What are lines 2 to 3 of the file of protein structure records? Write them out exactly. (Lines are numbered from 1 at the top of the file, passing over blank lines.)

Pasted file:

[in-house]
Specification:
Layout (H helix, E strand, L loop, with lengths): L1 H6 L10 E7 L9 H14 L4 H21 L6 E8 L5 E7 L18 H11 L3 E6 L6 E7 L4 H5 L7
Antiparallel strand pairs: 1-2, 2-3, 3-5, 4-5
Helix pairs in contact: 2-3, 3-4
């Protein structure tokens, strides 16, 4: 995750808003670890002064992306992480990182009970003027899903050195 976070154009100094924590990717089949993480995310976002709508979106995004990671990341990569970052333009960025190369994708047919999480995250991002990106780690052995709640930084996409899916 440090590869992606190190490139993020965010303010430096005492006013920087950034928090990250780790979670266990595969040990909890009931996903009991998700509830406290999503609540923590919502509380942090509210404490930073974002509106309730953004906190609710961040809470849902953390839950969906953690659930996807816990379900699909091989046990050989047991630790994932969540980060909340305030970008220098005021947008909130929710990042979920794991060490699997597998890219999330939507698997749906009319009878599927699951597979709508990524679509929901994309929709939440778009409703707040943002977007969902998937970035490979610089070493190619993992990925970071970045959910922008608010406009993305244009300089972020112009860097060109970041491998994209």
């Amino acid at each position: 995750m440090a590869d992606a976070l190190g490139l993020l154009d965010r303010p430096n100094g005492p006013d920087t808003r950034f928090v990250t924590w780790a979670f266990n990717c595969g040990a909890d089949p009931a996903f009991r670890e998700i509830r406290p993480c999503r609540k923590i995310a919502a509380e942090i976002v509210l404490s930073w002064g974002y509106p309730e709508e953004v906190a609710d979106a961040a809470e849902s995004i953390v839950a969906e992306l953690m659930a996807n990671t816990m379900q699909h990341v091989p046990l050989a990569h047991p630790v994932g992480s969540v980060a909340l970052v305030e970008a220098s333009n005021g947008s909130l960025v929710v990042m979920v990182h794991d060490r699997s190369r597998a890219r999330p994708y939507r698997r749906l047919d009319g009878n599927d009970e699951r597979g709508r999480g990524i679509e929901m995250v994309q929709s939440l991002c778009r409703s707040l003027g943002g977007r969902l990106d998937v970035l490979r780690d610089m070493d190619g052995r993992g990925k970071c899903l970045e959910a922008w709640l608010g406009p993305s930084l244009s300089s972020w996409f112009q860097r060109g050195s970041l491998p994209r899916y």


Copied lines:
Specification:
Layout (H helix, E strand, L loop, with lengths): L1 H6 L10 E7 L9 H14 L4 H21 L6 E8 L5 E7 L18 H11 L3 E6 L6 E7 L4 H5 L7